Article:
The idea of changing a Placeholder Datastore in SRM has come up a few times in internal discussions recently and there was some confusion around how to deal with it so I wanted to put something together to clarify things.
As a quick refresher, Placeholder Datastores are used to contain the Placeholder VM files at the recovery site. If you intend to do a Planned Migration and Reprotect you will need Placeholder Datastore(s) at the protected site as well.
Here is the process for changing the Placeholder Datastore(s) at the recovery site. The process is the same for the protected site.
For the third article of the Virtual SAN interoperability series, I want to showcase the interoperability between Virtual SAN vSphere Replication and vCenter Site Recovery Manager. This demonstration presents one of the many possible ways in which customers can use of vSphere Replication and vCenter Site Recovery Manager with Virtual SAN.
In the demonstration below, I performed a fully automated planned migration of virtual machines hosted on traditional SAN infrastructures onto a Virtual SAN environment seamlessly. This example particularly shows how simple this type of operation can be achieved utilizing existing vSphere tools and technologies that possess integration capabilities with Virtual SAN.
Continuing on with features found in the vSphere Distributed Switch, the Backup and Restore capability is a feature I rarely saw used when I was in the field. I saw, and still do see, customers going out of their way to make sure they can backup the vCenter database, and even more so SSO, but if you have to rebuild your vCenter or migrate to a new one and don’t have a backup of your Distributed Switch you’re going to be in for a lot of work.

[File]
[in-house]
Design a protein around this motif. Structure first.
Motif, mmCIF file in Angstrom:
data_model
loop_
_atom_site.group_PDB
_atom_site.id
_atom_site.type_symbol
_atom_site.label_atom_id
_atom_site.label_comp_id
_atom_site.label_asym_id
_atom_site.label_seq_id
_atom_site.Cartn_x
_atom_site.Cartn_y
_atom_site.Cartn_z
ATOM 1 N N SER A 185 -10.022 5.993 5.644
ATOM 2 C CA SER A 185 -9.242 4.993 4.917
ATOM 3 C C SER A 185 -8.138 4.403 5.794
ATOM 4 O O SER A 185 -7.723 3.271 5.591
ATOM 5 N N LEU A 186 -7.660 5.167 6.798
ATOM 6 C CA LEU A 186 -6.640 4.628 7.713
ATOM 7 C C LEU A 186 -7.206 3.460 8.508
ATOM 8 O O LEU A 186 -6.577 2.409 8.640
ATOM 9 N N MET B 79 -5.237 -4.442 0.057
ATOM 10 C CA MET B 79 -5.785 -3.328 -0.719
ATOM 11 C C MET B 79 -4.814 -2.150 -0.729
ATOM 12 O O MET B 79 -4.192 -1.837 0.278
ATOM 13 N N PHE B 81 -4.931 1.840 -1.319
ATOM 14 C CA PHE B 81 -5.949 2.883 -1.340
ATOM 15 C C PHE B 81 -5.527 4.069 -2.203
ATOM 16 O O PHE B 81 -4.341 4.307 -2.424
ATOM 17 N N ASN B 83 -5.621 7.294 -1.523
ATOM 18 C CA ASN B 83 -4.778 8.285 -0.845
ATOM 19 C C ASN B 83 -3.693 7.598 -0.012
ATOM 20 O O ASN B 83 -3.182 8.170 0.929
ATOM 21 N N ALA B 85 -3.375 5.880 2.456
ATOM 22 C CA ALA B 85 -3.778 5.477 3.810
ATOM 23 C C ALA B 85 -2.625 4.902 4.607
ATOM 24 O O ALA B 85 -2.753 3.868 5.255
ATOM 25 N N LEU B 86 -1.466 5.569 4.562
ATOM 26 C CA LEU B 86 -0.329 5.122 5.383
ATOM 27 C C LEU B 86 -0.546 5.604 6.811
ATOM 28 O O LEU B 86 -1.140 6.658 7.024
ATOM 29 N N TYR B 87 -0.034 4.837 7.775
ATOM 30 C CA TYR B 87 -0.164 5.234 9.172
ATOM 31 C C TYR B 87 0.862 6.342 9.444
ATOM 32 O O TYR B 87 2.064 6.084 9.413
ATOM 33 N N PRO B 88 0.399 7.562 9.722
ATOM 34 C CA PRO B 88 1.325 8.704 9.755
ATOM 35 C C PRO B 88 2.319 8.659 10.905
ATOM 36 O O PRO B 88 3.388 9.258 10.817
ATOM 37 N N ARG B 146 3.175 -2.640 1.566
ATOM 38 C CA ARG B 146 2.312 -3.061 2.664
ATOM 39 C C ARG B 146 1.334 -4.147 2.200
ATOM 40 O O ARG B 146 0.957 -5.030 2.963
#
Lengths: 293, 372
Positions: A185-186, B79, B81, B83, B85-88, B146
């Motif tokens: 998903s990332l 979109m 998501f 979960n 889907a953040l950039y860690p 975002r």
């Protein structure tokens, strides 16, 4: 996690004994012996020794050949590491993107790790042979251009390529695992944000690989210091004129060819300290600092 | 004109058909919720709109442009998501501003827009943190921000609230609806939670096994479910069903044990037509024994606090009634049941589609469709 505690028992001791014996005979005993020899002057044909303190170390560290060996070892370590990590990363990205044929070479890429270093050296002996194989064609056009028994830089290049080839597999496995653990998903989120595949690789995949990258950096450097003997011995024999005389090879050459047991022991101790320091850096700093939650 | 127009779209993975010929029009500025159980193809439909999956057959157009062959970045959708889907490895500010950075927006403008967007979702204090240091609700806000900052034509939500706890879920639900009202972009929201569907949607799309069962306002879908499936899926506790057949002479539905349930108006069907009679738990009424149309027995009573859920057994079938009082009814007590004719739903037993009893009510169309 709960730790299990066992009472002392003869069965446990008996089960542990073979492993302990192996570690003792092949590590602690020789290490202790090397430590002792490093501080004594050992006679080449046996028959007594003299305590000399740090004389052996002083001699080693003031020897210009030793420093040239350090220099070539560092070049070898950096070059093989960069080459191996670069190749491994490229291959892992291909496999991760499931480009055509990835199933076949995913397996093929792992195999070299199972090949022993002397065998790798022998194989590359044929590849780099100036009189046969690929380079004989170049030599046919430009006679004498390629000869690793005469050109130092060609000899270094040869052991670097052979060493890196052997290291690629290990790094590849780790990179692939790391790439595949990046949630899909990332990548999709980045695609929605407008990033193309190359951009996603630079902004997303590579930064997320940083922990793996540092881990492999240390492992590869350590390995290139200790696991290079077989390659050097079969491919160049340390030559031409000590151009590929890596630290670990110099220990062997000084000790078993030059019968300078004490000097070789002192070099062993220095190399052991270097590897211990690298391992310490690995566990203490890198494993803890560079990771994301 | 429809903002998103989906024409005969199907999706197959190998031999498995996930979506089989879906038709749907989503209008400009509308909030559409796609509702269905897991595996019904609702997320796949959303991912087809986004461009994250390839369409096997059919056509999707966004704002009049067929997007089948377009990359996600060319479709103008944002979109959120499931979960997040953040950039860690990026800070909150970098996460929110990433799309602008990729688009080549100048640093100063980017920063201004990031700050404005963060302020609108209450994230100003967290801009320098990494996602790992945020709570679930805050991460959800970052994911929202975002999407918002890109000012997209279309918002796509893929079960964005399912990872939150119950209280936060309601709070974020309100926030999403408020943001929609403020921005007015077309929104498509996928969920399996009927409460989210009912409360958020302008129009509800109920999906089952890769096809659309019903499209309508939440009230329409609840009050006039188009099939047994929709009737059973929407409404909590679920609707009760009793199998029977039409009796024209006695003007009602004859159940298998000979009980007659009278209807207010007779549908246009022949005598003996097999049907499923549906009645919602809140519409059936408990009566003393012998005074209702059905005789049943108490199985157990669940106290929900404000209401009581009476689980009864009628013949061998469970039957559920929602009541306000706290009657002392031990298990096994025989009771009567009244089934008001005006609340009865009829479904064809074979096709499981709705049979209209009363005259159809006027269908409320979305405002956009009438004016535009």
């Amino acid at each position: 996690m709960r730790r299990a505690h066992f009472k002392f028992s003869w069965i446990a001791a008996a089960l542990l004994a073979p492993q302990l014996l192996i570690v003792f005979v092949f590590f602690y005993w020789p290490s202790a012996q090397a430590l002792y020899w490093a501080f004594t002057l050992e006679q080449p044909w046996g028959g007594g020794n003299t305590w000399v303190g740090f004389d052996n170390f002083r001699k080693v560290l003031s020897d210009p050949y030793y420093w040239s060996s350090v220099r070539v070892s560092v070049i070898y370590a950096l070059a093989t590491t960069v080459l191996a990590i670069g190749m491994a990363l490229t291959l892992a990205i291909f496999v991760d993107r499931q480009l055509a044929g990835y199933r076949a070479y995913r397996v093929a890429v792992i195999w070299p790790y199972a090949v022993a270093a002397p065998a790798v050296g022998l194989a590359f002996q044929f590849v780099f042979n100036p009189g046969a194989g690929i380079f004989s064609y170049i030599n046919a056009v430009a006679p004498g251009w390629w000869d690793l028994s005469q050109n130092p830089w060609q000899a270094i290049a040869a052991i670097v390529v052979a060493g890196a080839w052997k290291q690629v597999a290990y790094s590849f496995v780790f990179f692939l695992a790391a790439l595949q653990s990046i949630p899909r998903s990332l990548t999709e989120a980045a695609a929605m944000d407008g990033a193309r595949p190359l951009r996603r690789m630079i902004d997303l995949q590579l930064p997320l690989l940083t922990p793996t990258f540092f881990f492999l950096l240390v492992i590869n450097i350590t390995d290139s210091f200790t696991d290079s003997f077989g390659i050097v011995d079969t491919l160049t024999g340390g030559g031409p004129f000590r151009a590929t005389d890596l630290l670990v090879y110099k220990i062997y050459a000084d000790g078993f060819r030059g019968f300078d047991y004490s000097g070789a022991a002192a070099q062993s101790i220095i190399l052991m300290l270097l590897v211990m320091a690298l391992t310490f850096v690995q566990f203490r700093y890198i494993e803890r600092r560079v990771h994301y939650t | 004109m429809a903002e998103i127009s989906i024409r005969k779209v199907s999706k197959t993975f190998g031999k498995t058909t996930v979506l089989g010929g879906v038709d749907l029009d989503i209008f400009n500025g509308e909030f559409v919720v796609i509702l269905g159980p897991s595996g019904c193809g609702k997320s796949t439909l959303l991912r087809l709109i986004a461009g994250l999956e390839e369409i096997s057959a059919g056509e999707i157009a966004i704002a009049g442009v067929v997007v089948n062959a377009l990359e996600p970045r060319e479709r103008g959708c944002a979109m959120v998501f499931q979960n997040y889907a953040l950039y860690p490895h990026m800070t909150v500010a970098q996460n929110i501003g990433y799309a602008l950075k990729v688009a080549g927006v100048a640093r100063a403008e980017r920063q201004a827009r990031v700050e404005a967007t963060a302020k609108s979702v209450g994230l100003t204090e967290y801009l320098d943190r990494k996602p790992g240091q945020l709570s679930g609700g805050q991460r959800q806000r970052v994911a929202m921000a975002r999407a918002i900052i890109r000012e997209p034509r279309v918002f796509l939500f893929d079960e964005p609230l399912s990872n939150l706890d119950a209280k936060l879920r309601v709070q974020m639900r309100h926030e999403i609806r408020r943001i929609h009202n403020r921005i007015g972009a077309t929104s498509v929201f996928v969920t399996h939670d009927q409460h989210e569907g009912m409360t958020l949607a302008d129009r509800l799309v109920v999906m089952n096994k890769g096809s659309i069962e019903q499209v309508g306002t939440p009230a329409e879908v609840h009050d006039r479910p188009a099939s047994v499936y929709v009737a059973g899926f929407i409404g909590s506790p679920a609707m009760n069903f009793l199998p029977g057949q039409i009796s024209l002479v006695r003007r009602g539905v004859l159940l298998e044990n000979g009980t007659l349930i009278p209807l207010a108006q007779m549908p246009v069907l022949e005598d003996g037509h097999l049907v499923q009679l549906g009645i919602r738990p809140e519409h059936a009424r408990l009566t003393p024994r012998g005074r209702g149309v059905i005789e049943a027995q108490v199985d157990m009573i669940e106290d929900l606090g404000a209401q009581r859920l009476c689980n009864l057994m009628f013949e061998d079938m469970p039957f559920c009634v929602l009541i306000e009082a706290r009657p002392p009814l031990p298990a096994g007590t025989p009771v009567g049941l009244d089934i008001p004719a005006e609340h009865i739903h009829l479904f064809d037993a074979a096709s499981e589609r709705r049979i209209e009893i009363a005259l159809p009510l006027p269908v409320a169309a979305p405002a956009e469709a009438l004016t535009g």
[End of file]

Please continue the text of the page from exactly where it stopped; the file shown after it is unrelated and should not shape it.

For the second article of the Virtual SAN interoperability series, I showcase the interoperability between Virtual SAN and vCloud Automation Center. This demonstration presents one of the many ways in which vCloud Automation Center can be used to provision virtual machines onto a Virtual SAN infrastructure via a service catalog.
In this scenario, I have created and published three vCloud Automation Center blueprints to a service catalog. All blueprints are accessible to all users in a private cloud. Each blueprint was created based on virtual machine templates that are configured with a VM Storage Policy which was assigned at the vSphere level.
A VM Storage Policy is a vSphere construct that store storage capabilities in order to apply them onto virtual machines or different VMDKs. In this case the capabilities are based on capacity, availability, and performance which the offerings of Virtual SAN. In the demonstration, the focus is around deploying a virtual machine with the highest level of availability. Virtual machine or VMDKs availability configurations are defined by the “Number of Failures to Tolerate” storage capability. The service catalog contains 3 different virtual machine offerings each with a different “Number of Failures to Tolerate” policy as defined below: